3. Yes, Anne Marie, poor Mo has to undergo this obstacle course this every morning! Have been to EG, and emptied the glass;-)

    Margie, they really do it, don't they? It's unbelievable but I'm sure it's their daily amusement...mean playing puppets with puppets. I can kind of imagine what fun it must be though. Wicked, no?

  4. So you CAN climb mountains in YOUR backyard, too! Clever Mo!
    And she has to do that every day?

    It's one other thing we don't have to contend with here in our little rural corner of Canada! Rush Hour...
    We don't have the convenience of mass rapid transit, but, even if we did, I can guarantee there would only be room for one platform... enough to thwart the canniest of station staff!

    I'd love to witness this flock in action...

  5. I enjoy the way you tell a story Val.

    done my share of high heels, only on special occasions now! :)

  6. Dale, the gradiant of our mountain depends on the time of day, or state of the tide, whichever way you look at it. Mind you if tide is a corruption of tijd, then it's all the same thing anyway ;-) In any event, Mom doesn't have to climb mountains every day, but she does have to do her morning team sprints with the team. I'm so proud of her. She's being so brave about taking on the Dutch Language, society, commuter chaos and the sheer density of this small country after the sun, space and comfort zone of her life in South Africa.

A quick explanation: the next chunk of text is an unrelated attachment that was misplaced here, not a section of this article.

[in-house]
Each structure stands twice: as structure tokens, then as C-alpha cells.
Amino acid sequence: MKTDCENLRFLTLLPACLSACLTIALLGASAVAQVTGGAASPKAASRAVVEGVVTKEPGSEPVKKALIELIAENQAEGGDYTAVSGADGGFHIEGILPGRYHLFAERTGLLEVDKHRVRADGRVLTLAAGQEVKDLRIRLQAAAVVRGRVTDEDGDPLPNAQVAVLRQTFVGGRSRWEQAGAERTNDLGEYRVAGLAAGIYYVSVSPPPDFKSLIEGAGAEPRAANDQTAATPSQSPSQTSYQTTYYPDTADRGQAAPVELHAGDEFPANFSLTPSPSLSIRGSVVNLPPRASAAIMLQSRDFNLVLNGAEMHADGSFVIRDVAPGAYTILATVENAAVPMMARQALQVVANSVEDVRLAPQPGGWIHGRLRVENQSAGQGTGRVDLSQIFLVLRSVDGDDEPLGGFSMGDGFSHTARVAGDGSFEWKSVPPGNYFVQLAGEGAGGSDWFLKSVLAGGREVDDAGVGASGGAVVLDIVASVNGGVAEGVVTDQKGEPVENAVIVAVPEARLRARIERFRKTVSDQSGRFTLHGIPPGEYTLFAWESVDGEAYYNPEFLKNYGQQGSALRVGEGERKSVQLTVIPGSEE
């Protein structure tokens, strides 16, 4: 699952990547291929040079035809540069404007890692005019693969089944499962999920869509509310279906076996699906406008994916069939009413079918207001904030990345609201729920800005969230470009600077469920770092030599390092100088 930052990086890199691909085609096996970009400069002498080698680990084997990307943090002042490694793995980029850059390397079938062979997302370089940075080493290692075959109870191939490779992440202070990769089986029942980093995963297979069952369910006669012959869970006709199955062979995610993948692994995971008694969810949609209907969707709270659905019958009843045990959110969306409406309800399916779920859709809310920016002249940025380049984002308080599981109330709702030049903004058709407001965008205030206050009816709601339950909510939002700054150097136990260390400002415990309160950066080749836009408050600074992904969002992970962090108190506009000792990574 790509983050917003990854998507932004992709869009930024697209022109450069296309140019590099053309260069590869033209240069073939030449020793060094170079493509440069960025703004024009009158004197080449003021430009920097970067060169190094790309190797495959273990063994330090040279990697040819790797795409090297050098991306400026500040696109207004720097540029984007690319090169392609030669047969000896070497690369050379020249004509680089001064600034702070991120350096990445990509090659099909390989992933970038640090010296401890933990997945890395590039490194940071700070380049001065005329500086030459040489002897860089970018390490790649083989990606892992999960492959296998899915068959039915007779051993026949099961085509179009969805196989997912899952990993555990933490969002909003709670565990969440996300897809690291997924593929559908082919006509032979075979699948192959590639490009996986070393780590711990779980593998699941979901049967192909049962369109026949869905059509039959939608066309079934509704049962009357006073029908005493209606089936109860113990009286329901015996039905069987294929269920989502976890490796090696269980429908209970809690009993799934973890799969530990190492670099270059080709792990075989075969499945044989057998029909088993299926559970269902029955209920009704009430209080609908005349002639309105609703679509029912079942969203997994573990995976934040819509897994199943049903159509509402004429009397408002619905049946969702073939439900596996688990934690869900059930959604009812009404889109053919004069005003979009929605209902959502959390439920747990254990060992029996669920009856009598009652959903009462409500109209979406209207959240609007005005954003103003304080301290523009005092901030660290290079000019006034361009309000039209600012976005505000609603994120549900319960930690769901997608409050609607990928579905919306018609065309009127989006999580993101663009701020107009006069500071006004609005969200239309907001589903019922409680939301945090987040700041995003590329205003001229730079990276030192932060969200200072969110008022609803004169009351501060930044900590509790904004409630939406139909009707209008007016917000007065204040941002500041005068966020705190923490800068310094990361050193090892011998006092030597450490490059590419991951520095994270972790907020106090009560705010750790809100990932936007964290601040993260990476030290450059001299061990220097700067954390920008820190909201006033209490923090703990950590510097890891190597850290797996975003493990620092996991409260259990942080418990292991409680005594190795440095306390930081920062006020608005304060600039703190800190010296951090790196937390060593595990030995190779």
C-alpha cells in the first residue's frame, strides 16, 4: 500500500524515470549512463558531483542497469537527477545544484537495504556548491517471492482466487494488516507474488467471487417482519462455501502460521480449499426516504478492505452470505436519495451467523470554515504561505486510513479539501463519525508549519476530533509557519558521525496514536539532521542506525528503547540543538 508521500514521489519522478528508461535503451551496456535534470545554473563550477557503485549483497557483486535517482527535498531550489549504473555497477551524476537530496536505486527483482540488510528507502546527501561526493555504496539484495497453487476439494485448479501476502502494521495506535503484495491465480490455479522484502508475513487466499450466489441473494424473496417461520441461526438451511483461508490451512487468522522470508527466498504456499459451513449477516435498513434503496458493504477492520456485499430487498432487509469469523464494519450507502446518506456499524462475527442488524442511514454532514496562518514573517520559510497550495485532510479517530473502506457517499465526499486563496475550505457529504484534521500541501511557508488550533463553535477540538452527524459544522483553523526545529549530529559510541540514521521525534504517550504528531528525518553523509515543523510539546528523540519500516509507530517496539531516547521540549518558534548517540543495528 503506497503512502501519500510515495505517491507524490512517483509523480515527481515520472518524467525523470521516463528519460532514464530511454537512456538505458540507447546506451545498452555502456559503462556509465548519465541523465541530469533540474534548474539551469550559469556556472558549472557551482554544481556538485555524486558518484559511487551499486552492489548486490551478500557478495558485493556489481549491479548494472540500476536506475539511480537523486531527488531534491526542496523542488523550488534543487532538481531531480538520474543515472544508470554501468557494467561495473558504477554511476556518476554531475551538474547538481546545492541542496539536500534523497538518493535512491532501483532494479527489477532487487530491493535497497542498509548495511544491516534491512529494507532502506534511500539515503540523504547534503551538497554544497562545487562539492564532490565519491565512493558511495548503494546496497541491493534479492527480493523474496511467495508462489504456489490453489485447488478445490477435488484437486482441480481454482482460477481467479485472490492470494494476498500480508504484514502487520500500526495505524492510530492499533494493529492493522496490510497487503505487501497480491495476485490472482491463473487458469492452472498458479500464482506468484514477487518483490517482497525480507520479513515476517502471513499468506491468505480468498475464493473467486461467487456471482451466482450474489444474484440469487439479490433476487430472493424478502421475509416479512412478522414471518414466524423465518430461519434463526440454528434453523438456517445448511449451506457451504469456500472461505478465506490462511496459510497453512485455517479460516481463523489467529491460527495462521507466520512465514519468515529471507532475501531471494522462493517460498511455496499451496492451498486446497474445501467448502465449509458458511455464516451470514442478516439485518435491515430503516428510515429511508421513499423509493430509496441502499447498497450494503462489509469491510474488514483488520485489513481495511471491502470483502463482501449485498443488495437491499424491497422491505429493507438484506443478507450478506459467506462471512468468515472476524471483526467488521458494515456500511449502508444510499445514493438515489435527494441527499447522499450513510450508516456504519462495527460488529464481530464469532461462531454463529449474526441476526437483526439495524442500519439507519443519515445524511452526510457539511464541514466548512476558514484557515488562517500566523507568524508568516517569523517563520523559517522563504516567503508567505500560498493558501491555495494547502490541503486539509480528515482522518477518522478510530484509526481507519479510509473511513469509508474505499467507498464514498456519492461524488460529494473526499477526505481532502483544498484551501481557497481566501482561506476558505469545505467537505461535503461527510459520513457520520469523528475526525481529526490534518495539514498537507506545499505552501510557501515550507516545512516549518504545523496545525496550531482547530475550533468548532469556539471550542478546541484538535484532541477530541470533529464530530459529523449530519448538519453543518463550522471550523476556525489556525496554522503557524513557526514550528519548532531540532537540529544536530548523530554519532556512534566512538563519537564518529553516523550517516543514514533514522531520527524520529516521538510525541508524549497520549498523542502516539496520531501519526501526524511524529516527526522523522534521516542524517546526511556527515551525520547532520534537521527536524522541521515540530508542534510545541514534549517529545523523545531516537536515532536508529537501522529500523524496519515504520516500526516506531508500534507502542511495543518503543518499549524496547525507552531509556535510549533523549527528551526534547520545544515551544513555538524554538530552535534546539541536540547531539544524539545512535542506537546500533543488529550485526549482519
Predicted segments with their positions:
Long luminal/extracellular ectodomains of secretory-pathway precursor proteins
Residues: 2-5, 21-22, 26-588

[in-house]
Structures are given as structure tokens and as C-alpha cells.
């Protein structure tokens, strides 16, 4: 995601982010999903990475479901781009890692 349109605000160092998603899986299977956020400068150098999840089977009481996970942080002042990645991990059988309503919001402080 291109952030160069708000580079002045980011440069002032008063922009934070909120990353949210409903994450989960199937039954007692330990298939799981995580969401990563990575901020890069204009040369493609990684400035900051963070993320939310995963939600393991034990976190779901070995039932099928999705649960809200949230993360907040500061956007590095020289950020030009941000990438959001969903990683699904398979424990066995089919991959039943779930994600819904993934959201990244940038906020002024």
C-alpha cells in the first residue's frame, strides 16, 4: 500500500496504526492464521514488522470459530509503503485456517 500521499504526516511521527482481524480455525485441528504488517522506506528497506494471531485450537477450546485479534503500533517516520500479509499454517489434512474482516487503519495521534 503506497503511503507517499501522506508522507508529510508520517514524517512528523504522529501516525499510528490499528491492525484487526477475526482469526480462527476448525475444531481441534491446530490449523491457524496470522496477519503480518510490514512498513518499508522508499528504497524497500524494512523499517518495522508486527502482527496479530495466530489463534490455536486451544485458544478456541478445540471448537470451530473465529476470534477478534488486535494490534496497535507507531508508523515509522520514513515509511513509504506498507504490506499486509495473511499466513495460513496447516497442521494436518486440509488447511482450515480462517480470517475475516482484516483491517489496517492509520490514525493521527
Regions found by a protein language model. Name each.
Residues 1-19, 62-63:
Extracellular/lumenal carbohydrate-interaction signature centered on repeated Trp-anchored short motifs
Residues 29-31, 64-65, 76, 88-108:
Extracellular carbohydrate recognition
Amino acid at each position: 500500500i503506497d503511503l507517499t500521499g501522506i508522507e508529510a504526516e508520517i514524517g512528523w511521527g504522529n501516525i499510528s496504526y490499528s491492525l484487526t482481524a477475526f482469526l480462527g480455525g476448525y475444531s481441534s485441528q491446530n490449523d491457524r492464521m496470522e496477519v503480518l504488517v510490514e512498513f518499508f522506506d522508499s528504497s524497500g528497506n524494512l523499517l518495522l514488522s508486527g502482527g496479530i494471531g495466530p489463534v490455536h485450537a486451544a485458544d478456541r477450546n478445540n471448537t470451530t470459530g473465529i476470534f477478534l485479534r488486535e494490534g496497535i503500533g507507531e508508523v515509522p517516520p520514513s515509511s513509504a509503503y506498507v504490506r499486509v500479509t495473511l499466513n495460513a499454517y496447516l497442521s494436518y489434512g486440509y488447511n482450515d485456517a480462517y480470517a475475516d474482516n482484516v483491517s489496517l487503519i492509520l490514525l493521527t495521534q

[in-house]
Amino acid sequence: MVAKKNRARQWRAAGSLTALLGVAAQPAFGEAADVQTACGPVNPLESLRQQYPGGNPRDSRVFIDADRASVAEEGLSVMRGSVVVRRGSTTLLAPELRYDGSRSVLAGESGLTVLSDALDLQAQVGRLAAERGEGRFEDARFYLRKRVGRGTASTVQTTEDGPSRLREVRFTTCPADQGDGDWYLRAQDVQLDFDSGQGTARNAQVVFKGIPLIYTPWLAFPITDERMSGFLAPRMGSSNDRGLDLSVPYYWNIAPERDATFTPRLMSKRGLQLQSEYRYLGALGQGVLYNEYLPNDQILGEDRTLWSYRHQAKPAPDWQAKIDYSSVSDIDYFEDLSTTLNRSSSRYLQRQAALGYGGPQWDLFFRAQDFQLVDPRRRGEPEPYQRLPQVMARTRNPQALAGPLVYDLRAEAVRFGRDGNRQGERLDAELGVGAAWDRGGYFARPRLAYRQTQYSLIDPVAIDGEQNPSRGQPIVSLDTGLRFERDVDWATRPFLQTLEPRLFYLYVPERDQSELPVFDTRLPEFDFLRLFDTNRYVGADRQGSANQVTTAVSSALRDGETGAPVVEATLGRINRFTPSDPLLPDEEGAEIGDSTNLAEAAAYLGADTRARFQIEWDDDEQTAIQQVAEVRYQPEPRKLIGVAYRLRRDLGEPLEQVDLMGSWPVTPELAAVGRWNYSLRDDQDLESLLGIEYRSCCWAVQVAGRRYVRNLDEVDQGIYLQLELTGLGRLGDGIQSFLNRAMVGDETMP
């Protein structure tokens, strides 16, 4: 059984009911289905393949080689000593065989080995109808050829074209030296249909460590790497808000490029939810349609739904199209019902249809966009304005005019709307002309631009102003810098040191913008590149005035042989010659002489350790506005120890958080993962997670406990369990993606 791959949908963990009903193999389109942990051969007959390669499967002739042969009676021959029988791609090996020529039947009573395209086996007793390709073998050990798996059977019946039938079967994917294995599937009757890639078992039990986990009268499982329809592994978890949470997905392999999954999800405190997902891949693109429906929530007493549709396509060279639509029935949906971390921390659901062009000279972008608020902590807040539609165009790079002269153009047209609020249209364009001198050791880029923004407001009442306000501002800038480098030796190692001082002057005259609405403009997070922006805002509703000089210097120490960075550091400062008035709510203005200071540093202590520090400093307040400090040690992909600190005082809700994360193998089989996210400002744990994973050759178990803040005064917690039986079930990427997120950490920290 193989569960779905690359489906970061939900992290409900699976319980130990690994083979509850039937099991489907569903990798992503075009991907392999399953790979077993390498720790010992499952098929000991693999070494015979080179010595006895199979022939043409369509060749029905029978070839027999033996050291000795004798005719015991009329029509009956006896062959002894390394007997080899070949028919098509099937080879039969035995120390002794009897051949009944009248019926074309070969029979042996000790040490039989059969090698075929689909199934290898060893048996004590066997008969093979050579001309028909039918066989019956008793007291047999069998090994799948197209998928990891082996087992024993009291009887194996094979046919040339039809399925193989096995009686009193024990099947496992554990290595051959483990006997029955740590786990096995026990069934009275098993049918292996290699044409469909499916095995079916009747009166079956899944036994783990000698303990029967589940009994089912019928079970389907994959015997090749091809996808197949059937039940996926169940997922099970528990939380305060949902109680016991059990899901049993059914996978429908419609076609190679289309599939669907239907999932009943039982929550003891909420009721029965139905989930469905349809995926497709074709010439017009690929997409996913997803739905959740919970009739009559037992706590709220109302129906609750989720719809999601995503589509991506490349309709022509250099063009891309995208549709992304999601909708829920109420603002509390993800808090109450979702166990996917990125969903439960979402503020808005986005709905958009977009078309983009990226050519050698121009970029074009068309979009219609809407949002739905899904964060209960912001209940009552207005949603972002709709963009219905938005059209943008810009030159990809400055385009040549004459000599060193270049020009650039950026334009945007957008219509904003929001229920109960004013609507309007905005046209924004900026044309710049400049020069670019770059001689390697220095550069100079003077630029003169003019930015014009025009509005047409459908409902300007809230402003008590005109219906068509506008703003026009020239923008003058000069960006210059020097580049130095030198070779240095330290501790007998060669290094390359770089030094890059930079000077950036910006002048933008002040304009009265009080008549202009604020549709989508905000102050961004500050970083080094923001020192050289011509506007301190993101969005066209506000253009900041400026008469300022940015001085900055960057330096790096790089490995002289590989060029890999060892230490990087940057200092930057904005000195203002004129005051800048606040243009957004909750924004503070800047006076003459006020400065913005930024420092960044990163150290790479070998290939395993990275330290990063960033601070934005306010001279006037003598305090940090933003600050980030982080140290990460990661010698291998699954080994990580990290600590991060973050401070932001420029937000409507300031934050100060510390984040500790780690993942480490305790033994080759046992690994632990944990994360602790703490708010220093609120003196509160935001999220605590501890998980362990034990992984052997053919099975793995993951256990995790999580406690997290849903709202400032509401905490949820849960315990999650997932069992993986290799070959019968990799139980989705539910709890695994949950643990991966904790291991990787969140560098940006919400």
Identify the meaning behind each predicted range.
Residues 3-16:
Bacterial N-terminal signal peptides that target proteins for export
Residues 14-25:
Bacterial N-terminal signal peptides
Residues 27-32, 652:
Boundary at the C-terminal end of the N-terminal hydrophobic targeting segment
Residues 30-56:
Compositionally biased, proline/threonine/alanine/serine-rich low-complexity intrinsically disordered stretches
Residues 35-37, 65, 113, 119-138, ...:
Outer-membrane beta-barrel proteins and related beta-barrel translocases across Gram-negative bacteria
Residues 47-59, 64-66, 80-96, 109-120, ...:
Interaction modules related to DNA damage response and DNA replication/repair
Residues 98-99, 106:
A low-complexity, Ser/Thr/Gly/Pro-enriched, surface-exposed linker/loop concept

Grace, I broke the highs off my heels long ago too ;-) The danger with 'pitons' is that they get stuck now and then.

  7. Hmmmm, then once the trains have left I still have to deal with the beastly cyclists!

  8. Val,

    A fantastic short story this! It was so descriptive in its shortness, the things happening so vividly depicted. Although, it would work as the beginning of a long novel, because it left me wanting to hear more! Like: who is the figure in high heels and what is she doing onboard Luxor? Although no doubt describing reality, this has the quality of fiction.

    For me, the first few lines already hit home: the figure in high heels negotiating the gangplank of the barge.

    Also, the name Luxor always gives me a hint of the exotic - it being a city in ancient Egypt. But also a hint of Las Vegas, as I'm pretty sure there's a casino of that name there. :-)

    You sure know how to write.

  9. Thanks Maria, you've made my day!